Comparison of Rapid Antigen Tests' Performance between Delta (B.1.61.7; AY.X) and Omicron (B.1.1.529; BA1) Variants of SARS-CoV-2: Secondary Analysis from a Serial Home Self-Testing Study [preprint]
Broach, John P.
Ayturk, M. Didem
Orvek, Elizabeth Aaker
Flahive, Julie M.
Gibson, Laura L.
Hafer, Nathaniel S.
Barton, Bruce A.
McManus, David D.
RADx Clinical Studies Core team and Test Us At Home Investigators
UMass Chan AffiliationsDivision of Cardiovascular Medicine, Department of Medicine
Division of Infectious Diseases and Immunology, Program in Molecular Medicine
UMass Center for Clinical and Translational Science
Department of Pediatrics
Program in Bioinformatics and Integrative Biology
Department of Microbiology and Physiological Systems
Department of Emergency Medicine
Division of Clinical Informatics, Department of Medicine
Department of Population and Quantitative Health Sciences
Program in Digital Medicine, Department of Medicine
rapid antigen tests
Immunology and Infectious Disease
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AbstractBackground: There is a need to understand the performance of rapid antigen tests (Ag-RDT) for detection of the Delta (B.1.61.7; AY.X) and Omicron (B.1.1.529; BA1) SARS-CoV-2 variants. Methods: Participants without any symptoms were enrolled from October 18, 2021 to January 24, 2022 and performed Ag-RDT and RT-PCR tests every 48 hours for 15 days. This study represents a non-pre-specified analysis in which we sought to determine if sensitivity of Ag-RDT differed in participants with Delta compared to Omicron variant. Participants who were positive on RT-PCR on the first day of the testing period were excluded. Delta and Omicron variants were defined based on sequencing and date of first RT-PCR positive result (RT-PCR+). Comparison of Ag-RDT performance between the variants was based on sensitivity, defined as proportion of participants with Ag-RDT+ results in relation to their first RT-PCR+ result, for different duration of testing with rapid Ag-RDT. Subsample analysis was performed based on the result of participants' second RT-PCR test within 48 hours of the first RT-PCR+ test. Results: From the 7,349 participants enrolled in the parent study, 5,506 met the eligibility criteria for this analysis. A total of 153 participants were RT-PCR+ (61 Delta, 92 Omicron); among this group, 36 (23.5%) tested Ag-RDT+ on the same day, and 84 (54.9%) tested Ag-RDT+ within 48 hours as first RT-PCR+. The differences in sensitivity between variants were not statistically significant (same-day: Delta 16.4% [95% CI: 8.2-28.1] vs Omicron 28.2% [95% CI: 19.4-38.6]; and 48-hours: Delta 45.9% [33.1-59.2] vs. Omicron 60.9% [50.1-70.9]). This trend continued among the 86 participants who had consecutive RT-PCR+ result (48-hour sensitivity: Delta 79.3% [60.3-92.1] vs. Omicron: 89.5% [78.5-96.0]). Conversely, the 38 participants who had an isolated RT-PCR+ remained consistently negative on Ag-RDT, regardless of the variant. Conclusions: The performance of Ag-RDT is not inferior among individuals infected with the SARS-CoV-2 Omicron variant as compared to the Delta variant. The improvement in sensitivity of Ag-RDT noted with serial testing is consistent between Delta and Omicron variant. Performance of Ag-RDT varies based on duration of RT-PCR+ results and more studies are needed to understand the clinical and public health significance of individuals who are RT-PCR+ for less than 48 hours.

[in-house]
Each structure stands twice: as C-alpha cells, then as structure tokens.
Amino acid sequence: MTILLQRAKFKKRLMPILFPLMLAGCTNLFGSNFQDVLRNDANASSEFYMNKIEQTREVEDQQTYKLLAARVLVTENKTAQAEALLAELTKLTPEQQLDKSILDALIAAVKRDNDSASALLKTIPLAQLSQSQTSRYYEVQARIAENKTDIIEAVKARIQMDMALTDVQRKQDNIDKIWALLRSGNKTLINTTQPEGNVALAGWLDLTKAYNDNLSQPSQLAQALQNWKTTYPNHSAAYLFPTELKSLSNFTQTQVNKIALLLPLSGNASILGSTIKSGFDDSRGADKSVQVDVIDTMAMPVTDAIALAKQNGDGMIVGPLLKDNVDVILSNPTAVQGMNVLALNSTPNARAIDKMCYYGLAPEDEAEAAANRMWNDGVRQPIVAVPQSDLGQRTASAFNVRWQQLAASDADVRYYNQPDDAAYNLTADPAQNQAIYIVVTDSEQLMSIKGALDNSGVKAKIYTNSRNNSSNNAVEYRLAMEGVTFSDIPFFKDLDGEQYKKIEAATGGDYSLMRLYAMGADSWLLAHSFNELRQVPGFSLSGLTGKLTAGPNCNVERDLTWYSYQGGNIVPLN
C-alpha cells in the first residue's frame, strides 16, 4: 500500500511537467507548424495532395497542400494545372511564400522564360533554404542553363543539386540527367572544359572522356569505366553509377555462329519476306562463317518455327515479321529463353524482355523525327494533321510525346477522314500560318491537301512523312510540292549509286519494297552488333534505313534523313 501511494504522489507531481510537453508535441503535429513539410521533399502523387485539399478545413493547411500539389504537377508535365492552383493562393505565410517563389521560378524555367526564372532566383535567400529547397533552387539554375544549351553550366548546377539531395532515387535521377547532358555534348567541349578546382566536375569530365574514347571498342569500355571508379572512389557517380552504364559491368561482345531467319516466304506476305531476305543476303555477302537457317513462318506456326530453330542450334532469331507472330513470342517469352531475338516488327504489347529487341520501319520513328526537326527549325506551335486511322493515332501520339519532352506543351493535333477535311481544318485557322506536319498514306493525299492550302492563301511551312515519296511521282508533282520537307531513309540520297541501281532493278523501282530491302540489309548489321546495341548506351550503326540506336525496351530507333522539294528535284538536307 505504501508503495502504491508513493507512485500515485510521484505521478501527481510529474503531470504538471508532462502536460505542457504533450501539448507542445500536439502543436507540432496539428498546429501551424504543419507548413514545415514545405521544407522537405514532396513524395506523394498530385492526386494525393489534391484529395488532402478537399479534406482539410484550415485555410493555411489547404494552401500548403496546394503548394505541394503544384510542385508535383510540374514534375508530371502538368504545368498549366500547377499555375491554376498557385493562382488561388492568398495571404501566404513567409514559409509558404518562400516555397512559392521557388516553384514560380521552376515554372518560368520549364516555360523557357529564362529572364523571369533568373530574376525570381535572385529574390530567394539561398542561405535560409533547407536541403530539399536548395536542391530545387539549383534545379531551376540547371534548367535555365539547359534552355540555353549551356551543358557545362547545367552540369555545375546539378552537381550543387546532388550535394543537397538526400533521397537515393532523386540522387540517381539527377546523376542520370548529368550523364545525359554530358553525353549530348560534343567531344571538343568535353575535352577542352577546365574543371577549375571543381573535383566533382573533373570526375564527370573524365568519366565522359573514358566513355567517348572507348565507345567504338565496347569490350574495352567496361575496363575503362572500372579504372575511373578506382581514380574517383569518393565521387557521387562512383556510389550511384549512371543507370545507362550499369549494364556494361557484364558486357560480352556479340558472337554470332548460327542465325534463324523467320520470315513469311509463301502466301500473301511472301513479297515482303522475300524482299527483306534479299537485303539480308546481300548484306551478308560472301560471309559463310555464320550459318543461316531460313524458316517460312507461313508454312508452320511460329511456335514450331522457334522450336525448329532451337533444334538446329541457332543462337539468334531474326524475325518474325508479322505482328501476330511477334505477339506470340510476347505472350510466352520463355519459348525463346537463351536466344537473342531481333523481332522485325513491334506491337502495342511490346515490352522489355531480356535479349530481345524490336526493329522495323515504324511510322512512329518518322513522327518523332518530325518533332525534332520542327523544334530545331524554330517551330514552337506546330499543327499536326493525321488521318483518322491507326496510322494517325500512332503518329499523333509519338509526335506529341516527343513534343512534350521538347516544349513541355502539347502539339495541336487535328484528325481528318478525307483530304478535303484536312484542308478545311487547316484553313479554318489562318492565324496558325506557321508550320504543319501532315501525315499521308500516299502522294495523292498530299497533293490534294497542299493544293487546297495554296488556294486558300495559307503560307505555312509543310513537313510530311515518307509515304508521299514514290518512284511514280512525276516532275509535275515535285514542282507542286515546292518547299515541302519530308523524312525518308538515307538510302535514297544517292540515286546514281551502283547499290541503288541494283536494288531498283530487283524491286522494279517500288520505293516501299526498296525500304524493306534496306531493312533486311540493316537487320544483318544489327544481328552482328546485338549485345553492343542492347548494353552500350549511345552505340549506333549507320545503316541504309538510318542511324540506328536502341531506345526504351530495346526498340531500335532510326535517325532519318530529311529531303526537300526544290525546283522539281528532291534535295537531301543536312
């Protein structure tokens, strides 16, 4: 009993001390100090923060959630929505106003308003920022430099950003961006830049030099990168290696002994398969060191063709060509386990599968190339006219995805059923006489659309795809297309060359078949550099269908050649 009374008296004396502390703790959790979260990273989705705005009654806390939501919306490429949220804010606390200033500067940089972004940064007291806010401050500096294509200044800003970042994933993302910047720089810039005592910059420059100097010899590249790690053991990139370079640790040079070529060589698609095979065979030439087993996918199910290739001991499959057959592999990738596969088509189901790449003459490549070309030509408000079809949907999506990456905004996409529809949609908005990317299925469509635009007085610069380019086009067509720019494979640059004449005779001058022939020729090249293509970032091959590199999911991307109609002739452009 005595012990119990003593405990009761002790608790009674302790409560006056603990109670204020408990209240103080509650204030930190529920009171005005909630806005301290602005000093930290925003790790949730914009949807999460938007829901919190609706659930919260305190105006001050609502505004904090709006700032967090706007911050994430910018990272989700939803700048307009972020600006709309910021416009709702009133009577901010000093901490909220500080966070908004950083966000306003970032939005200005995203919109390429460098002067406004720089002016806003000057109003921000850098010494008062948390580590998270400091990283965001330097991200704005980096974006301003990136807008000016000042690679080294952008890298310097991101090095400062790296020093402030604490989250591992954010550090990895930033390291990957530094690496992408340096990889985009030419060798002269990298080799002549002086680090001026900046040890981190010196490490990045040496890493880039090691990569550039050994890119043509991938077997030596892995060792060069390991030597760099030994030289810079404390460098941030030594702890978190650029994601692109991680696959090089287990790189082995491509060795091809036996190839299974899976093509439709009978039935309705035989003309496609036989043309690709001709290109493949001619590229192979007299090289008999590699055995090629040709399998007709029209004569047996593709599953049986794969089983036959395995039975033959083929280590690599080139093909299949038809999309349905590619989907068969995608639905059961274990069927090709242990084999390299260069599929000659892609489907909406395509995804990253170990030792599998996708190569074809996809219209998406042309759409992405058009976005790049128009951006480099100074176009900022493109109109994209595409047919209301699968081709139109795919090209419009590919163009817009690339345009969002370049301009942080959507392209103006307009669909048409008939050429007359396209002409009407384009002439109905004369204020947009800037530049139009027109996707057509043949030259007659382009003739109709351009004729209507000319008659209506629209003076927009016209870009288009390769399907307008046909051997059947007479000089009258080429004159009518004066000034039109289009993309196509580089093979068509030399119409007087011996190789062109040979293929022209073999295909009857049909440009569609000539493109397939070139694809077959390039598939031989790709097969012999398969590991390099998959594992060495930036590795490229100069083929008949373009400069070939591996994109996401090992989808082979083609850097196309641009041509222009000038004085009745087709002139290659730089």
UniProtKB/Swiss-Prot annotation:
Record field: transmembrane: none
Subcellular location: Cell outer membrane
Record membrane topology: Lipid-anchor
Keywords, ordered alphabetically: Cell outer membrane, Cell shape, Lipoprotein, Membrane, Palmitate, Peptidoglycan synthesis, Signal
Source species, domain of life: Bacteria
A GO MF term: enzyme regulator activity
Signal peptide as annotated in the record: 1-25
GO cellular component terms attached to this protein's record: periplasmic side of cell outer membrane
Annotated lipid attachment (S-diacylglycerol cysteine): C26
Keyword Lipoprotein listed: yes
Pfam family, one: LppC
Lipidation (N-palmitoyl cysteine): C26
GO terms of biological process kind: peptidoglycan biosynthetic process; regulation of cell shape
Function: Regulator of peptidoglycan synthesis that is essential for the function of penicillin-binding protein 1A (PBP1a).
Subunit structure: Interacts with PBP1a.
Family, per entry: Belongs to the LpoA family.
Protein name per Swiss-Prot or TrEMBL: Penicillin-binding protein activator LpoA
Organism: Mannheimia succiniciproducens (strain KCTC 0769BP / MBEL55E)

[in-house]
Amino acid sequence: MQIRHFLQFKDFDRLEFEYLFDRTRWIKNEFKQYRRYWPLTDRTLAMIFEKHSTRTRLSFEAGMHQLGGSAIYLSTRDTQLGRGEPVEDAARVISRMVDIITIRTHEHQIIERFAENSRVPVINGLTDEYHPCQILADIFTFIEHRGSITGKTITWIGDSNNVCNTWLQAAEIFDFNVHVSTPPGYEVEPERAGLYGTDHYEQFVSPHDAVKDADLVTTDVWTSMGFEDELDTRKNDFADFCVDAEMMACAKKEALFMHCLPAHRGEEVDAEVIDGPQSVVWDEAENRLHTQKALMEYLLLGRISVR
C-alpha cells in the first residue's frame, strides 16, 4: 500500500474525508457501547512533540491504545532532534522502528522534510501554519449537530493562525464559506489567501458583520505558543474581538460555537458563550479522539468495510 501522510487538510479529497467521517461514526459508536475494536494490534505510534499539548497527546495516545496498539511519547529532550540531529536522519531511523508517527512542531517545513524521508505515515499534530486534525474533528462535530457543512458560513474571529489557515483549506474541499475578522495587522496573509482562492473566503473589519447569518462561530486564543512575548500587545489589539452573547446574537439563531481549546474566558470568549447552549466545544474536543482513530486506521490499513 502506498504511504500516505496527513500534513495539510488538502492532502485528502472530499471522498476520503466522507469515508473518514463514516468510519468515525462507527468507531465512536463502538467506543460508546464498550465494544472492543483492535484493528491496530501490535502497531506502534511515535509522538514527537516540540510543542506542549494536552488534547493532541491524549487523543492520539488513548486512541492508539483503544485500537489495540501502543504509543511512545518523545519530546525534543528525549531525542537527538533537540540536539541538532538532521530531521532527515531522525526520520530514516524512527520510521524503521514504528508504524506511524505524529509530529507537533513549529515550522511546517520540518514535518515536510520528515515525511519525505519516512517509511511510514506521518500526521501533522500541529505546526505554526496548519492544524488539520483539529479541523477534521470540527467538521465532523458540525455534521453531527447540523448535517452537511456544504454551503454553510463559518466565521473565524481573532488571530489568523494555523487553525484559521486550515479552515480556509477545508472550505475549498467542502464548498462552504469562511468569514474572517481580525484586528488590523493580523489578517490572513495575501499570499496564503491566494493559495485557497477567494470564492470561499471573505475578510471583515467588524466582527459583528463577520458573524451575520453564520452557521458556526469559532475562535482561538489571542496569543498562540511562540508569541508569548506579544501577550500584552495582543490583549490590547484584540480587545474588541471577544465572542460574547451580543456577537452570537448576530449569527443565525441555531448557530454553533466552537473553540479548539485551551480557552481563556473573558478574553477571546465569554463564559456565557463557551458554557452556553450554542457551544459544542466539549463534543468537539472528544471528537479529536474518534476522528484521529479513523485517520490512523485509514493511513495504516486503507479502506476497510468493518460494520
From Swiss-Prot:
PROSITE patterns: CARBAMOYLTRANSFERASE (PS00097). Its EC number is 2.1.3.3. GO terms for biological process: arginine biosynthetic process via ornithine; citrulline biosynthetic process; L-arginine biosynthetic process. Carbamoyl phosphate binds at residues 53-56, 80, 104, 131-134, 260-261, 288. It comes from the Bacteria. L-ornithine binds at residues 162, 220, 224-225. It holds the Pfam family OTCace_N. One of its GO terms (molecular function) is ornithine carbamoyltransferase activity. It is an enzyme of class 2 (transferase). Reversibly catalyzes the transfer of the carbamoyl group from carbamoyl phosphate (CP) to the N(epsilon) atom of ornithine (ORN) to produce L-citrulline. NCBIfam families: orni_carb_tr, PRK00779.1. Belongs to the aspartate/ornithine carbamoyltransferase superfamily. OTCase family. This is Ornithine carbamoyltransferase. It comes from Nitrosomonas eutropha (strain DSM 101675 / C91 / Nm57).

Soni A, Herbert C, Filippaios A, Broach J, Colubri A, Fahey N, Woods K, Nanavati J, Wright C, Orwig T, Gilliam K, Kheterpal V, Suvarna T, Nowak C, Schrader S, Lin H, O'Connor L, Pretz C, Ayturk D, Orvek E, Flahive J, Lazar P, Shi Q, Achenbach C, Murphy R, Robinson M, Gibson L, Stamegna P, Hafer N, Luzuriaga K, Barton B, Heetderks W, Manabe YC, McManus D. Comparison of Rapid Antigen Tests' Performance between Delta (B.1.61.7; AY.X) and Omicron (B.1.1.529; BA1) Variants of SARS-CoV-2: Secondary Analysis from a Serial Home Self-Testing Study. medRxiv [Preprint]. 2022 Mar 2:2022.02.27.22271090. doi: 10.1101/2022.02.27.22271090. PMID: 35262091; PMCID: PMC8902878. Link to preprint on medRxiv.
Permanent Link to this Itemhttp://hdl.handle.net/20.500.14038/30738
This article is a preprint. Preprints are preliminary reports of work that have not been certified by peer review.
Full author list omitted for brevity. For the full list of authors, see article.